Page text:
CBN began its first wireless network trial last October– a standalone 5G pilot network in central Shanghai, announced last week by the Shanghai city government.

According to broadcast industry website DVBCN, CBN is planning to build pilot networks in 15 or so major cities, such as Beijing, Tianjin and Nanjing.

As in Shanghai, these will be standalone 5G networks in the 4.9GHz band. The company expects to deploy 200 basestations in each city at an estimated total cost of RMB2-3 billion ($279-419 million).

Table 1. China 5G spectrum allocation

Operator Assigned spectrum Total Shared spectrum
China Mobile 2515-2675MHz 160MHz
China Mobile 4800-4900MHz 100MHz
China Telecom 3400-3500MHz 100MHz 3300-3400MHz (indoor)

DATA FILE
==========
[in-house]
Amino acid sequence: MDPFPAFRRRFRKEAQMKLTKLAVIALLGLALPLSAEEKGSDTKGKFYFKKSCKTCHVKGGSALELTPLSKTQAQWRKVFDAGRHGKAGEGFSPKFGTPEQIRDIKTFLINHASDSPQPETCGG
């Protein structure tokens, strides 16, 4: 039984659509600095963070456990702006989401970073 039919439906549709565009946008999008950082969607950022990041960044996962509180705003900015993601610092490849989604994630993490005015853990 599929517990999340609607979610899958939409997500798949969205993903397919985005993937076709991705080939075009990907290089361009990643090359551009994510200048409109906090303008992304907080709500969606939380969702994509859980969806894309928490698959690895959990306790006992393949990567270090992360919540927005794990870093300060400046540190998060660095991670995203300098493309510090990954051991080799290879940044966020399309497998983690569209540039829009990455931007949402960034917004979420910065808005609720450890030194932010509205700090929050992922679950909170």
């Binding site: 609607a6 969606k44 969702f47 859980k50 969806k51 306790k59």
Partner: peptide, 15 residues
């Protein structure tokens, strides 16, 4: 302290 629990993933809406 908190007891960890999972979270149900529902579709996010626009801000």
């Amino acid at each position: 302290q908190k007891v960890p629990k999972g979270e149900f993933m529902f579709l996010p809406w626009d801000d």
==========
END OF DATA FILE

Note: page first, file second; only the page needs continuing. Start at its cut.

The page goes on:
China Unicom 3500-3600MHz 100MHz 3300-3400 MHz (indoor)
China Broadcast Network 703-798MHz 80MHz 3300-3400 MHz (indoor)
China Broadcast Network 4.9GHz (trial) TBD
Source: MIIT

Local China news outlet C114 writes that the new network operator (CBN) still needs to clear the spectrum and migrate existing radio and TV services to other frequencies, the cost of which was estimated to run to more than CNY10 billion (USD1.41 billion).

CBN, with income of around $11 billion from cable TV services, lacks the financial scale to build a national network and compete against three big telco incumbents.

CBN has business partners such as Alibaba and financial group Citic, but a partnership with a telco (like China Mobile) is needed to build out the network.   The new network rollout cost is estimated to be at least 60 billion yuan (US$8.5 billion).

CBN may be able to reduce that expense through cooperation with cellular providers, though, with a senior China Mobile official quoted as saying that the two providers had communicated ‘to discuss the possibility of co-construction.’